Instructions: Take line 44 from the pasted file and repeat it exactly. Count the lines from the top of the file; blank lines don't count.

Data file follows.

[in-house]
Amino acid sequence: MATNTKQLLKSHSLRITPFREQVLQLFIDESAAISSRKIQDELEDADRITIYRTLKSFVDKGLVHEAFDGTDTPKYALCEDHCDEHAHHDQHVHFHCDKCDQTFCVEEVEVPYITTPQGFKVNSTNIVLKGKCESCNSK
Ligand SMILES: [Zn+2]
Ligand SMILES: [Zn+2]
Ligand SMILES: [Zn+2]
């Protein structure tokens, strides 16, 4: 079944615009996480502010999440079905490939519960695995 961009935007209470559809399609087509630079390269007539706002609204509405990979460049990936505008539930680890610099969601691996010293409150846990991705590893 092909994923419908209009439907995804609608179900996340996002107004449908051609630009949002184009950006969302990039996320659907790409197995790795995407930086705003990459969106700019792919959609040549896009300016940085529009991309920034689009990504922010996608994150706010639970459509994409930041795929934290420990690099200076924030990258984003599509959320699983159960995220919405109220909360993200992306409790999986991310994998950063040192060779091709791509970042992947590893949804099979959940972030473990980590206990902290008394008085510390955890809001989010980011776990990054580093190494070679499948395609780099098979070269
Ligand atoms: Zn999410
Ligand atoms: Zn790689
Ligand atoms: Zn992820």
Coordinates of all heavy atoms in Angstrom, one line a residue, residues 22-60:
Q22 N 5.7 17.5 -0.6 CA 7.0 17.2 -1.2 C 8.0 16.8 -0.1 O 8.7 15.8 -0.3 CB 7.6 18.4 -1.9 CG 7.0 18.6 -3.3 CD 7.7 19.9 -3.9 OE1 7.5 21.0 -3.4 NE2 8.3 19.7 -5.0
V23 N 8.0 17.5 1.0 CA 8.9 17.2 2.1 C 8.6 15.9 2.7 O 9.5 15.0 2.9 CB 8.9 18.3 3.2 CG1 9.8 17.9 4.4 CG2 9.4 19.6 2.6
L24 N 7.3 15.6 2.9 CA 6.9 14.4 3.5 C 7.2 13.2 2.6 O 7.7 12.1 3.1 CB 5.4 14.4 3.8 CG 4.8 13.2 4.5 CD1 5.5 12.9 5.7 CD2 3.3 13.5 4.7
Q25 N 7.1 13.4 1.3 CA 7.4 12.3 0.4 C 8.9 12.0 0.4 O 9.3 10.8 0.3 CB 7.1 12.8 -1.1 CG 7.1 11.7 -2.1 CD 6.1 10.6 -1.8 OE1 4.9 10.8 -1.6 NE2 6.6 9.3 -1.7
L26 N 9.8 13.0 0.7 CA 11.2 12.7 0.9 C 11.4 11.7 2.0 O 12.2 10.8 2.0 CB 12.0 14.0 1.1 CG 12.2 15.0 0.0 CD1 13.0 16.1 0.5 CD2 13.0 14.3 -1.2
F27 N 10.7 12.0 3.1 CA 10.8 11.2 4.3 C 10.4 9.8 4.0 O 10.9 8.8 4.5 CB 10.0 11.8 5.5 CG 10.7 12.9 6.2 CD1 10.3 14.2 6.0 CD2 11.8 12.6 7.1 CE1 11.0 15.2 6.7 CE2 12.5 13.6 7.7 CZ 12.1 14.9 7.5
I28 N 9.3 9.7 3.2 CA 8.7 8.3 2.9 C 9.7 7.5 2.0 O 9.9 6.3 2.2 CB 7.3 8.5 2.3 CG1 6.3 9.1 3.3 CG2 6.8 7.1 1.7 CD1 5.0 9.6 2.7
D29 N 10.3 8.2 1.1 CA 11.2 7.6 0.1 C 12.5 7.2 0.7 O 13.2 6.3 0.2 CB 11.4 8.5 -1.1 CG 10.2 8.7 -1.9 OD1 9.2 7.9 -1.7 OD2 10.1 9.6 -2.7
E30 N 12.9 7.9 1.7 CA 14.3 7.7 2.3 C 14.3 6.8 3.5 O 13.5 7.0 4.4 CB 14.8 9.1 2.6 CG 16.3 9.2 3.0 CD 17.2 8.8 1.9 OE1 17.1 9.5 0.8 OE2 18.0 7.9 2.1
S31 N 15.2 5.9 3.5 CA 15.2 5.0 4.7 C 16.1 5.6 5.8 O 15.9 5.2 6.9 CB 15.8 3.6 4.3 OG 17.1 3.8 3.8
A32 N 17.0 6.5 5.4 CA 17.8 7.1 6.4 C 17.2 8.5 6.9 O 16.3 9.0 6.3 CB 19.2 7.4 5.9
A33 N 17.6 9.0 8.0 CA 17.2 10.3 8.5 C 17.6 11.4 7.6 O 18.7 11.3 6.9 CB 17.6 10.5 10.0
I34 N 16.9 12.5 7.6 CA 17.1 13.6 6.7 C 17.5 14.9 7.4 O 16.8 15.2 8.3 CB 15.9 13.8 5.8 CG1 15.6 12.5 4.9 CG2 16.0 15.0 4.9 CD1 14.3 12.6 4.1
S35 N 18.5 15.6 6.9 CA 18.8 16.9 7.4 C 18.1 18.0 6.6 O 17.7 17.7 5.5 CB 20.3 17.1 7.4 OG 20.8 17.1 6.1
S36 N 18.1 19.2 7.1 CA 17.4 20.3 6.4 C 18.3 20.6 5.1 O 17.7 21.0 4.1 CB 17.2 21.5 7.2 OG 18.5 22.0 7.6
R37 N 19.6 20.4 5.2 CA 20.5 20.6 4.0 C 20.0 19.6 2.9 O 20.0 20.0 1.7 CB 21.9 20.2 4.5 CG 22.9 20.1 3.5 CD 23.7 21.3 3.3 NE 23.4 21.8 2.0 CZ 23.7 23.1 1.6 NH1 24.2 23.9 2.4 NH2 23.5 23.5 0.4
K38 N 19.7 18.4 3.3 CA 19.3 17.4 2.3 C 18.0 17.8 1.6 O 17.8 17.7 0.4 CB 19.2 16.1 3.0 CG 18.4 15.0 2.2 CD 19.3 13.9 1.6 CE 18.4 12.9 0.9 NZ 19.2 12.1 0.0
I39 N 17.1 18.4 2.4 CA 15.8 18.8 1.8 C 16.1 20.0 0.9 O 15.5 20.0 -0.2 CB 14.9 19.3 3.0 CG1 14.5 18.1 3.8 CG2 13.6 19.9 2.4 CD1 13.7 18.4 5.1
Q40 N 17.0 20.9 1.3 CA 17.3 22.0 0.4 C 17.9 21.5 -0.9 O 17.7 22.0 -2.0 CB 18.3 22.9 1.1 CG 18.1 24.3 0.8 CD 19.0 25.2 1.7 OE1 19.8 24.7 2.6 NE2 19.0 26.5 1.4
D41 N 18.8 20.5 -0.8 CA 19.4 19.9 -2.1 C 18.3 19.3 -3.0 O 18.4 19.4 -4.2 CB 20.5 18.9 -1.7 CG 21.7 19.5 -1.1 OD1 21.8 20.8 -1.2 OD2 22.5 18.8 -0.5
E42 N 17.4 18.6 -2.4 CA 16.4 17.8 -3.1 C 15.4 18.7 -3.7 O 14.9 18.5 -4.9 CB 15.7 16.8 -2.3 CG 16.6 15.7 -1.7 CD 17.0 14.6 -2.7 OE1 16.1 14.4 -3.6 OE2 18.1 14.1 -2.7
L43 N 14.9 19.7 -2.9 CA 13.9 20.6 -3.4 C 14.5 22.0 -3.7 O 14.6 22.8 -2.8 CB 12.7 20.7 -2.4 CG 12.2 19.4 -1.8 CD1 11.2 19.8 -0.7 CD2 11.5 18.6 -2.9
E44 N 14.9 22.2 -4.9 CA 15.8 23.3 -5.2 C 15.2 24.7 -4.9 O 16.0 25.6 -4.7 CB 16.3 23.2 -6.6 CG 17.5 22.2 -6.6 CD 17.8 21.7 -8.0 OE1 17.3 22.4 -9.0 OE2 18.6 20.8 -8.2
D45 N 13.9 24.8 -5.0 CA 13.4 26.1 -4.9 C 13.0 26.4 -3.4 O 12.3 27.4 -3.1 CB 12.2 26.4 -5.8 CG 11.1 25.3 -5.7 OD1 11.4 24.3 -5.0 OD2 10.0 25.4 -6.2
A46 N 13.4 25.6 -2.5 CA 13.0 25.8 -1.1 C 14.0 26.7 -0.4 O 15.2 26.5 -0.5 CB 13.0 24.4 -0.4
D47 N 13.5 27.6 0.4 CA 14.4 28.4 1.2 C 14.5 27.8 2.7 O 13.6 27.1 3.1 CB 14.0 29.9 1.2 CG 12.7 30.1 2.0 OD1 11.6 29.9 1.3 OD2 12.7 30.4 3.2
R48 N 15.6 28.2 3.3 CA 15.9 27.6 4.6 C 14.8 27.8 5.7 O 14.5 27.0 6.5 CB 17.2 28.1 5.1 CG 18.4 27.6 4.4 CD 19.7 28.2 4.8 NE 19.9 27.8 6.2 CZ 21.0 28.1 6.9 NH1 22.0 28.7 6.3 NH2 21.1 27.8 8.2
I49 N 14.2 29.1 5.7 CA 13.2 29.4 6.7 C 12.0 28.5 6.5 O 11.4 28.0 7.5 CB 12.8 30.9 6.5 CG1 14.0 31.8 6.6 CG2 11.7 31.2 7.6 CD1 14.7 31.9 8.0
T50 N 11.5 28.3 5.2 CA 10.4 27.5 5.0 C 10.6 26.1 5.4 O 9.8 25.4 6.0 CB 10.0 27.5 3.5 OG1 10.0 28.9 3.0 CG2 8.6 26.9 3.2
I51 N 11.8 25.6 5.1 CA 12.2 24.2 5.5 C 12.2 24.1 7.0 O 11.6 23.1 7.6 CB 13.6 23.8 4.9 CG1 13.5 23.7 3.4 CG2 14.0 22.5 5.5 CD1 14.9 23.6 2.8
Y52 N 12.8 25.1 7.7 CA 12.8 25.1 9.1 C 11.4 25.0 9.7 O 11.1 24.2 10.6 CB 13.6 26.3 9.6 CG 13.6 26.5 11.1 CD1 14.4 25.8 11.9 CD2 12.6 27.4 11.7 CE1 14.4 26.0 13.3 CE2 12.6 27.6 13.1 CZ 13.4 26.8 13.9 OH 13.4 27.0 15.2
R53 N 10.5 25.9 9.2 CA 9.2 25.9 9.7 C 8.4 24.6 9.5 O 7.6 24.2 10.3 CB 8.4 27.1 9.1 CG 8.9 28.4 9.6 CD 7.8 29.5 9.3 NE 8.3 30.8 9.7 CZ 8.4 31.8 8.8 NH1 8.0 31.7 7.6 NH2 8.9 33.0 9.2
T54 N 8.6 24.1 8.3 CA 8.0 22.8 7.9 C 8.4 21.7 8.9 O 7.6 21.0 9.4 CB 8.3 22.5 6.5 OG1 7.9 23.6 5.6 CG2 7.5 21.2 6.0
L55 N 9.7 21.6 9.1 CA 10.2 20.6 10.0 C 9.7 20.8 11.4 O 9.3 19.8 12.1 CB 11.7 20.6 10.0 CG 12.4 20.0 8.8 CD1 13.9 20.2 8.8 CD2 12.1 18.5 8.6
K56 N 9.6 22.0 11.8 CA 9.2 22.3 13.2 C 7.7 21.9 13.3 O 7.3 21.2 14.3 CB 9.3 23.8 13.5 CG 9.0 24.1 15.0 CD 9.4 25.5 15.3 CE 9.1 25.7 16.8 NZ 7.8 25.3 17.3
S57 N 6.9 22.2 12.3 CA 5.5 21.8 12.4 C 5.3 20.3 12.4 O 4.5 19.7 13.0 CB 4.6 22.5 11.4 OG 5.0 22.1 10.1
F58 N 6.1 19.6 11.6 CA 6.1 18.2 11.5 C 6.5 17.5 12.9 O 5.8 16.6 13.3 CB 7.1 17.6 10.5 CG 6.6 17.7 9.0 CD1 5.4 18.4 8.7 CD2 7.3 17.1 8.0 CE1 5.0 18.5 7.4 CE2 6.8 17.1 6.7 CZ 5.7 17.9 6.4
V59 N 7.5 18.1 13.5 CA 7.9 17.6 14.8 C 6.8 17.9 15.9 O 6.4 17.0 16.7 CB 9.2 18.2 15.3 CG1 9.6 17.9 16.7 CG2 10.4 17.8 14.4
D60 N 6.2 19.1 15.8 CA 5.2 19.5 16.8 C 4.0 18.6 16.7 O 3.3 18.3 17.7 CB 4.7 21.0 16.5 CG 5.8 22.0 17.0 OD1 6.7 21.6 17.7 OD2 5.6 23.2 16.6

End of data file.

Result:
L55 N 9.7 21.6 9.1 CA 10.2 20.6 10.0 C 9.7 20.8 11.4 O 9.3 19.8 12.1 CB 11.7 20.6 10.0 CG 12.4 20.0 8.8 CD1 13.9 20.2 8.8 CD2 12.1 18.5 8.6